Citing Aereo’s “overwhelming likeness to the cable companies targeted by the 1976 amendments”, the majority found that Aereo is not just an equipment supplier and that it “performs” the broadcasted works...
In a 6-3 decision, on June 25 the Supreme Court reversed a Second Circuit decision, to find that Aereo’s service, offering individual subscribers internet access to broadcast television programming, is infringing. 573 U.S. ___ (2014). Aereo uses a massive array of dime sized antennas with associated transcoders and data storage, which capture over-the-air programming signals and allow the individual subscriber to stream to itself selected programming over the internet. This was found to be a public performance by Aereo of the copyrighted programming. Having no authorization for the performance, Aereo is an infringer.
The majority opinion by Justice Breyer (with Justice Scalia, Thomas and Alito dissenting) looked to the Transmit Clause of 17 U.S.C. §106(4), which defines a particular aspect of the public performance right, and to the Congressional history of that clause. In particular, the opinion noted that the majority saw in the enactment of the Transmit Clause in the 1976 Copyright Act a clear intention to overrule the Court’s prior Fortnightly and Teleprompter cases, which had allowed cable TV to transmit broadcast TV signals. Citing Aereo’s “overwhelming likeness to the cable companies targeted by the 1976 amendments”, the majority found that Aereo is not just an equipment supplier and that it “performs” the broadcasted works.
Moving on to the “publicly” part of the exclusive right, the majority noted that Aereo’s system makes an individual copy for each subscriber of the program the subscriber requests, in the course of passing on the signals with a few seconds delay relative to the original broadcast. However, it concluded that the Transmit Clause suggests that an entity may transmit a performance through multiple, discrete transmissions, and thereby reach a public. Likewise, the majority felt the Transmit Clause contemplated a “public” made up of viewers not “situated together, spatially or temporally”.
Facing an issue raised in oral argument, the majority addressed the concern that its interpretation of the Transmit Clause would impose copyright liability on new technologies Congress did not intend to cover. It viewed its ruling as limited and pointed out that a performance only occurs with a transmission that “communicates contemporaneously perceptible images and sounds of a work.” This would exclude a simple file download, not done by streaming. It further pointed out that remote storage services for copies already lawfully acquired were a different matter than the Aereo facts.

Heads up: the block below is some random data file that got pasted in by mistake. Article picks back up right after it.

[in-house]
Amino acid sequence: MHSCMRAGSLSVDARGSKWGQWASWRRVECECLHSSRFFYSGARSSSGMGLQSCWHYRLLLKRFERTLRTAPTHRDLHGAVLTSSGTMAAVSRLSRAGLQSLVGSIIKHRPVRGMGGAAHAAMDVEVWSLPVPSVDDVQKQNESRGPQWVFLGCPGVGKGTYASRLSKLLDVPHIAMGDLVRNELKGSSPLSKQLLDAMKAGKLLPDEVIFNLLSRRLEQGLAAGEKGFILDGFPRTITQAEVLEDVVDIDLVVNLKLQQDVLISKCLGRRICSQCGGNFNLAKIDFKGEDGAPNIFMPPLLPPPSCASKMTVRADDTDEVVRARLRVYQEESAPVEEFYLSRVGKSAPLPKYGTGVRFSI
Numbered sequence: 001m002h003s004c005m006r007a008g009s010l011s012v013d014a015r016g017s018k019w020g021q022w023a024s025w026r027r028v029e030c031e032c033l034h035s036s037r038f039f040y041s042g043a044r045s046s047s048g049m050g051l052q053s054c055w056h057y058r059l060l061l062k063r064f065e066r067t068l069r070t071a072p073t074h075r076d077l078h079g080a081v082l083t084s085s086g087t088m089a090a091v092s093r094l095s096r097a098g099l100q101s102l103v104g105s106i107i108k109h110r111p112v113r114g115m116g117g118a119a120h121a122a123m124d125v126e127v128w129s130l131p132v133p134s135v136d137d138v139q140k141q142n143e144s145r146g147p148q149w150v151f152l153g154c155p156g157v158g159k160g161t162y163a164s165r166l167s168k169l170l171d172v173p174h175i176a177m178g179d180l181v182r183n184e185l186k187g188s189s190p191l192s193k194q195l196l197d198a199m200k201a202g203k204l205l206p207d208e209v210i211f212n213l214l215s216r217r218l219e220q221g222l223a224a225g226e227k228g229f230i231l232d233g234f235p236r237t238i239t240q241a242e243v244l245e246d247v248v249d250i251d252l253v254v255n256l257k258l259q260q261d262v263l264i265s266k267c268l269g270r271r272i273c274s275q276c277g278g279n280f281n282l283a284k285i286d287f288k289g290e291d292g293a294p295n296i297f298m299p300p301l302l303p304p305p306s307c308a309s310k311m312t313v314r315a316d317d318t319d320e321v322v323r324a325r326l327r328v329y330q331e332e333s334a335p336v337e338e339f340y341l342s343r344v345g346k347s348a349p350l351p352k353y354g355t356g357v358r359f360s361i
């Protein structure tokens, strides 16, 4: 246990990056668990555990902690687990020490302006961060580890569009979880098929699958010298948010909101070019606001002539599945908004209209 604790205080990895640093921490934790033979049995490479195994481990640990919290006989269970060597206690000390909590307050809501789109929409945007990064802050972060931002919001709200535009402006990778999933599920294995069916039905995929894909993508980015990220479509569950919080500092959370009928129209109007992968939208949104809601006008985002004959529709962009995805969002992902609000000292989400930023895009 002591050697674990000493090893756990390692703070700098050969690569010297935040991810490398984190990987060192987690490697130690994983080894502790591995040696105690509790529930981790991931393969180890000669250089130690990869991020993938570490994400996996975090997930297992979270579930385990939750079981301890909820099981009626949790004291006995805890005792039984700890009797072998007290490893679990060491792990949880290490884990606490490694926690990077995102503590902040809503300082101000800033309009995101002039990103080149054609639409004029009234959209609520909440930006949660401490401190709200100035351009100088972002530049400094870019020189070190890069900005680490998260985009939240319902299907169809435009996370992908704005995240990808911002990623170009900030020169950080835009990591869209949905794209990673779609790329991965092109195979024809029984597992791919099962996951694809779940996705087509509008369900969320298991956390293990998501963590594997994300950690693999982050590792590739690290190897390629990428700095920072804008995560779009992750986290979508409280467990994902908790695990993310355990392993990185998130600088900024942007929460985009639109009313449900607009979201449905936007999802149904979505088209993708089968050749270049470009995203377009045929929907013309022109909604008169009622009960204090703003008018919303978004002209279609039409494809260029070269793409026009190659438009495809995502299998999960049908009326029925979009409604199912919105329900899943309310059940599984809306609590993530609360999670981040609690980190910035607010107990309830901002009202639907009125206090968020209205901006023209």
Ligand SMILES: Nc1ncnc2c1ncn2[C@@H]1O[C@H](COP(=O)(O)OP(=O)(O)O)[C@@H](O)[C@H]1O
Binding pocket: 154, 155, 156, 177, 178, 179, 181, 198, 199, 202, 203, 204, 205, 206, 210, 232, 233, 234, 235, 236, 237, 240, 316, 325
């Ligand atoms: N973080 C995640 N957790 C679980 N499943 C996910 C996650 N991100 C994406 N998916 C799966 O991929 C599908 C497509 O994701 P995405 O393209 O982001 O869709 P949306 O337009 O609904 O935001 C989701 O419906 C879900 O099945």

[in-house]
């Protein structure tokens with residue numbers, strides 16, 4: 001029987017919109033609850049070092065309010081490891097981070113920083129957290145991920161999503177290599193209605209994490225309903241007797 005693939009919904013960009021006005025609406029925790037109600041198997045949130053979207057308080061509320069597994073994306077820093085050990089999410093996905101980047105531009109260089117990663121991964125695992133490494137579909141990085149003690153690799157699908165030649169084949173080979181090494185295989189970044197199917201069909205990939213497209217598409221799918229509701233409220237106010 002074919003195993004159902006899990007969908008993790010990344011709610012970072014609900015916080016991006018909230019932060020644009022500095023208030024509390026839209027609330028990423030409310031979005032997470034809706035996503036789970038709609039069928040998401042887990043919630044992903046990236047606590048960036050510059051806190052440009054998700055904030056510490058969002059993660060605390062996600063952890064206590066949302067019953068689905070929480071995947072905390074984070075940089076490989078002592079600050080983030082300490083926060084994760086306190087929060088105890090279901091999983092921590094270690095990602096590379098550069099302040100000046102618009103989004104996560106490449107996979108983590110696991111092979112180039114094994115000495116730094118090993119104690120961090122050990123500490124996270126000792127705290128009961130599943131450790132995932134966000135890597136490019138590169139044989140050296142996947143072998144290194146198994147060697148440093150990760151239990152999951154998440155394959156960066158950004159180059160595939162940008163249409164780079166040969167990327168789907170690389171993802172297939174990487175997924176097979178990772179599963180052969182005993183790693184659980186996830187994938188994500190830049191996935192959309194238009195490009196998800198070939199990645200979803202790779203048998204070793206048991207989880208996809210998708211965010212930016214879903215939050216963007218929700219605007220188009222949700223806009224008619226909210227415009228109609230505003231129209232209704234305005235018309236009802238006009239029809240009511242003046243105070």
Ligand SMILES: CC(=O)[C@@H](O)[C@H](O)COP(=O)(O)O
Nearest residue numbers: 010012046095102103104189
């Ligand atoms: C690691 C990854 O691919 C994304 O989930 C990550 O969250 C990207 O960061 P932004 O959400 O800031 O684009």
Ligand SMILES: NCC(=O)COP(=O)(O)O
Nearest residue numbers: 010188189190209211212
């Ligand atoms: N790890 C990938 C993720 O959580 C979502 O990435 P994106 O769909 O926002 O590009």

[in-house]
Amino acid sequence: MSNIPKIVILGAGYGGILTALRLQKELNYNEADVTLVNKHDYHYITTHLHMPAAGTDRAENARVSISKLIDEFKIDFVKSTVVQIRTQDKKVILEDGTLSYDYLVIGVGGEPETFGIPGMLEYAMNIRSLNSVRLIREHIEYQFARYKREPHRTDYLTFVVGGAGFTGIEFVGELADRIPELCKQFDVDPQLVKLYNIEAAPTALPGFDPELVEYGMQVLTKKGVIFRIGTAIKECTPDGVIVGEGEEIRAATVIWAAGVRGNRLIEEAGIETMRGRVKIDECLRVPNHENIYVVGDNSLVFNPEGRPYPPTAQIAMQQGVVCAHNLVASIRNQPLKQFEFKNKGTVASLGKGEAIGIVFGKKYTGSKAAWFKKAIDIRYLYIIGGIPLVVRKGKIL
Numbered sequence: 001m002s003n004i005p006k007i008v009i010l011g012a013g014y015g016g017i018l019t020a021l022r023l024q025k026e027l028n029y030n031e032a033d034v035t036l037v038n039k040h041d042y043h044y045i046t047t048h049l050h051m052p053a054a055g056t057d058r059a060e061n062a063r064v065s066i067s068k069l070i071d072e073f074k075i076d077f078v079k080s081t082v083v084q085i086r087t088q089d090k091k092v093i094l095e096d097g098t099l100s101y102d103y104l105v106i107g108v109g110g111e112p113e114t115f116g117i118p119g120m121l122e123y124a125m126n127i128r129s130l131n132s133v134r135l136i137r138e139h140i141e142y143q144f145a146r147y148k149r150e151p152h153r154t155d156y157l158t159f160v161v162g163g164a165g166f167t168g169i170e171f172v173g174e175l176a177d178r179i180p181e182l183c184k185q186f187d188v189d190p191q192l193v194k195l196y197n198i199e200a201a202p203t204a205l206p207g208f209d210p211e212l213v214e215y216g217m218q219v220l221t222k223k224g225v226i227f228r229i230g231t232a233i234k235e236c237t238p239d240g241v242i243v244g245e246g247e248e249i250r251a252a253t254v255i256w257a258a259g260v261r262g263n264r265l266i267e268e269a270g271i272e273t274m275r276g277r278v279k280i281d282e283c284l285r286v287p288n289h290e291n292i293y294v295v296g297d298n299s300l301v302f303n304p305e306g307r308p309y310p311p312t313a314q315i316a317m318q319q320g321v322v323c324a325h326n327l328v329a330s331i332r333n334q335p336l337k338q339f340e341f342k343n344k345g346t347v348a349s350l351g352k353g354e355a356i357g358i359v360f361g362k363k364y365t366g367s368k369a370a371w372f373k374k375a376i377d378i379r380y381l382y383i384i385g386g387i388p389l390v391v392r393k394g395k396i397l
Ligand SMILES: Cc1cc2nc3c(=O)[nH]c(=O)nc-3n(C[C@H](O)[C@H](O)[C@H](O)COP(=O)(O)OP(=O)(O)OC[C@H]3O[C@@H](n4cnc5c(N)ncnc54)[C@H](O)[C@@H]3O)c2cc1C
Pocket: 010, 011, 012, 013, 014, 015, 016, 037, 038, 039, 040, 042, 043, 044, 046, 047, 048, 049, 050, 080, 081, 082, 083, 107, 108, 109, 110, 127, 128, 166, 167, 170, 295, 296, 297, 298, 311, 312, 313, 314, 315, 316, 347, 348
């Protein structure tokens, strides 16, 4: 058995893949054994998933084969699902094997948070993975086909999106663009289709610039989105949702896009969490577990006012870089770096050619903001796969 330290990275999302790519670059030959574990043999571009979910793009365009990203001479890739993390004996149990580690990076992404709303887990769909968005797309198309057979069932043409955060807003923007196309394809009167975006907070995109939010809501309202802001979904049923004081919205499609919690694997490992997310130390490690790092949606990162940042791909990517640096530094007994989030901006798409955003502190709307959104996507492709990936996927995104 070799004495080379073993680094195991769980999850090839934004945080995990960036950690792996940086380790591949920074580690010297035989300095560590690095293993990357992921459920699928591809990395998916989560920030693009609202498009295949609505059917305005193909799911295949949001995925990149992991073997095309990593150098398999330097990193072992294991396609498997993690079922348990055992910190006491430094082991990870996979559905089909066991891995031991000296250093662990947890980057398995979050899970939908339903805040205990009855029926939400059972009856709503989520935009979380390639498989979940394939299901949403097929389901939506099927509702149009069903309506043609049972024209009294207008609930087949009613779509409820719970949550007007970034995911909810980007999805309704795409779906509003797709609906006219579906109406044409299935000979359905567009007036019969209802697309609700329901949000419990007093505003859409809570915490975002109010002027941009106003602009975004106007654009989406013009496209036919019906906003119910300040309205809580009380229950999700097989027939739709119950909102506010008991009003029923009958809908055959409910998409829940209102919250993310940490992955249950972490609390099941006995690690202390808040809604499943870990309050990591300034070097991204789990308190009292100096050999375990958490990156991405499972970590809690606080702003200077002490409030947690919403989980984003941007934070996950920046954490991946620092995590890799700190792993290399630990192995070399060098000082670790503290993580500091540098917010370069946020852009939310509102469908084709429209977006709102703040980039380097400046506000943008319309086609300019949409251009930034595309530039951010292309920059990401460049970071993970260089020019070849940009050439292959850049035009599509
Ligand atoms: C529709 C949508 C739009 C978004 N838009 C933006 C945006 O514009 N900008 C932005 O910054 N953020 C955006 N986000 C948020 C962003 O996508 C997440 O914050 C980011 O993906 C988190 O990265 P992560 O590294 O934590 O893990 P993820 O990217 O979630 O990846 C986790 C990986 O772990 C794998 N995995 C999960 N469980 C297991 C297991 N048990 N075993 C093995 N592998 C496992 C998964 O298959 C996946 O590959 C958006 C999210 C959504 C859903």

The dissenters have already signaled the difficulty of drawing lines in the digital content playing field...
The dissent relied on a copy shop analogy and saw Aereo as just offering a device by which a subscriber was enabled to perform an action where the subscriber, not Aereo, chooses the content. The dissent noted that the sole question was whether Aereo was a direct infringer, not whether it might be viewed as secondarily liable. The dissent felt that Aereo lacked the volitional conduct requirement of secondary infringement cases such as Fox Broadcasting Co. v. Dish Network LLC, 747 F. 3d 1060 (CA9 2014). They also saw technical distinctions between Aereo and the systems in the Fortnightly and Teleprompter cases.
For broadcasters and copyright owners of broadcast content, the decision represents a major win. Although the majority took pains to confine its decision to the Aereo facts, it is inevitable that new technologies will be tested against generalizations of the majority’s reasoning. So we can expect the decision to be used by creative analogy in future cases involving the ever-growing and changing uses of digital content. The dissenters have already signaled the difficulty of drawing lines in the digital content playing field.